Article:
Teen dating violence statistics in georgia

08-Sep-2016 02:26

Our community experienced a devastating tragedy Sunday evening when three lives were lost and countless others hurt due to domestic violence.Everyone associated with Circle of Hope continues to hold those affected in our prayers.However, research shows that ending, or making attempts to end, a relationship in which power and control are factors is actually more dangerous for the victim.Domestic violence is defined as a pattern of abusive behavior in any relationship that is used by one partner to gain or maintain power and control over another intimate partner.Teen dating violence occurs at alarming rates, and even though Georgia law requires the Board of Education to develop teen dating violence prevention programs for grades 8 -12, implementation is left up to local school boards, and in most local school systems, does not occur.Faith leaders and employers also play an important role in intervention.In almost all of the 126 fatality cases reviewed in the Georgia Fatality Project, the victims were attempting to end the relationship or had already taken steps to end the relationship.

Although Family Violence Intervention Programs are available for offenders of domestic violence, many perpetrators are not ordered to attend the 24 week class, or if they are ordered to attend, they fail to comply with the order and no accountability system is in place to monitor the non-compliance of attendance.However, Georgia is a state that has not passed any clarifying language and therefore local law enforcement agencies and court systems are left to enforce a Federal Law that lacks the clarity needed to address issues surrounding the collection, storage and release of the firearms in domestic violence related cases.In the 126 project reviewed cases, 51% of the victims began their relationship, with the person who eventually killed them, when they were between the ages of 13 and 24.Suzanne Dow is the Executive Director of Circle of Hope, a Habersham County based shelter and service for battered and abused women and their children.Circle of Hope is a private, non-profit, 501(c)3 multi-faceted domestic violence agency whose mission is to support, empower and bring hope to those affected by domestic violence through advocacy, awareness, education and community partnerships.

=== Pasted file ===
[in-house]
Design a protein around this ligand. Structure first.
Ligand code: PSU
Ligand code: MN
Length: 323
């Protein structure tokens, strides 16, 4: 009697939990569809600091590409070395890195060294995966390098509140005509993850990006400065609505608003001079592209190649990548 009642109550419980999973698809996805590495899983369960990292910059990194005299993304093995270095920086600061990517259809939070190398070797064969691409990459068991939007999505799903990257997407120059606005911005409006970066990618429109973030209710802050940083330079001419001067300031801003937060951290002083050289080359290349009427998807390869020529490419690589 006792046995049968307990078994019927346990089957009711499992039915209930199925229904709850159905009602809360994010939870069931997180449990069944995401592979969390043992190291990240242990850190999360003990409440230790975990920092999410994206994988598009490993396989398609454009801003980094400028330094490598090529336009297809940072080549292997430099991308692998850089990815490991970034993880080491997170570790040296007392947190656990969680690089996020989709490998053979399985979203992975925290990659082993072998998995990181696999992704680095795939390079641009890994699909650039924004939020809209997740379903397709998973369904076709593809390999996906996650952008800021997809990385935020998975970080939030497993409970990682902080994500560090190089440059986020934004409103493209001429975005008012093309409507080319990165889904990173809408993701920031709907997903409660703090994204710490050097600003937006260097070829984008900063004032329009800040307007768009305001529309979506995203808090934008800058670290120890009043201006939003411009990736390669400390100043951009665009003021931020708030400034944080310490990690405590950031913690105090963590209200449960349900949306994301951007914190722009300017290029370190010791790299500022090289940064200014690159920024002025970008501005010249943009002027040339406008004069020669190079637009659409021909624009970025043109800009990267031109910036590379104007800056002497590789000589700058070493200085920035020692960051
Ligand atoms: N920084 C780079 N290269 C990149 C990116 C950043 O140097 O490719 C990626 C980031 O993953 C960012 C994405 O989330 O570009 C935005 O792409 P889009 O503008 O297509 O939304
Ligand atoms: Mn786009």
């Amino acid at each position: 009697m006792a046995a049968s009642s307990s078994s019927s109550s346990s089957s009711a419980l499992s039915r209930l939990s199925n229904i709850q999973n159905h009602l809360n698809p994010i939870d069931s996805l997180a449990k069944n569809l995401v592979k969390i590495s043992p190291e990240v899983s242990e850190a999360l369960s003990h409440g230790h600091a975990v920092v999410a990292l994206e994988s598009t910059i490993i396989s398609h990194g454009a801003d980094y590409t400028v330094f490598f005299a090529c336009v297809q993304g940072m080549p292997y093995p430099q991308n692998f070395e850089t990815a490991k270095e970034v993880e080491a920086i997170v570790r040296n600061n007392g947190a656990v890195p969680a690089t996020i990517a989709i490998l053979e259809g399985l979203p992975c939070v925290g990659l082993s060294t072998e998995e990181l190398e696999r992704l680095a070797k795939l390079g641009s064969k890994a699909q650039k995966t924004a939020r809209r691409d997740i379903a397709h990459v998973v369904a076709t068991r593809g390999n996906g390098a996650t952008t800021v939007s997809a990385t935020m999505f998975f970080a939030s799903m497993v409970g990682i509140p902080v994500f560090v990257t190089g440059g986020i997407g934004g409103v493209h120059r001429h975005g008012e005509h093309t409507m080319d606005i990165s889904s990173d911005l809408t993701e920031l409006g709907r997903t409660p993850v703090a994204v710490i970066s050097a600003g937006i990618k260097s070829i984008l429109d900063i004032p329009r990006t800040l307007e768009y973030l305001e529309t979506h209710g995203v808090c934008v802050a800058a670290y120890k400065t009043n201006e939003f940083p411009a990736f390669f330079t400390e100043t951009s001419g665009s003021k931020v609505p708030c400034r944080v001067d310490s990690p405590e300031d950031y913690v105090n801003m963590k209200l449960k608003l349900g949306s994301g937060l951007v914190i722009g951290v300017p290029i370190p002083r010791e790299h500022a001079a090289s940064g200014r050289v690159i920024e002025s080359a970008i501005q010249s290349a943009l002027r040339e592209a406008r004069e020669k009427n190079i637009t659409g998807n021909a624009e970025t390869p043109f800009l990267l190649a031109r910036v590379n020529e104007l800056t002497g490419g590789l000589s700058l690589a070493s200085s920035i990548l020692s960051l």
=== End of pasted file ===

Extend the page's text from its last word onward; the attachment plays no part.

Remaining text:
Although Family Violence Intervention Programs are available for offenders of domestic violence, many perpetrators are not ordered to attend the 24 week class, or if they are ordered to attend, they fail to comply with the order and no accountability system is in place to monitor the non-compliance of attendance.However, Georgia is a state that has not passed any clarifying language and therefore local law enforcement agencies and court systems are left to enforce a Federal Law that lacks the clarity needed to address issues surrounding the collection, storage and release of the firearms in domestic violence related cases.In the 126 project reviewed cases, 51% of the victims began their relationship, with the person who eventually killed them, when they were between the ages of 13 and 24.Suzanne Dow is the Executive Director of Circle of Hope, a Habersham County based shelter and service for battered and abused women and their children.Circle of Hope is a private, non-profit, 501(c)3 multi-faceted domestic violence agency whose mission is to support, empower and bring hope to those affected by domestic violence through advocacy, awareness, education and community partnerships.Those experiencing domestic violence often turn to others – friends, family, co-workers and their pastor – before, or instead of, reaching out to law enforcement or agencies such as Circle of Hope.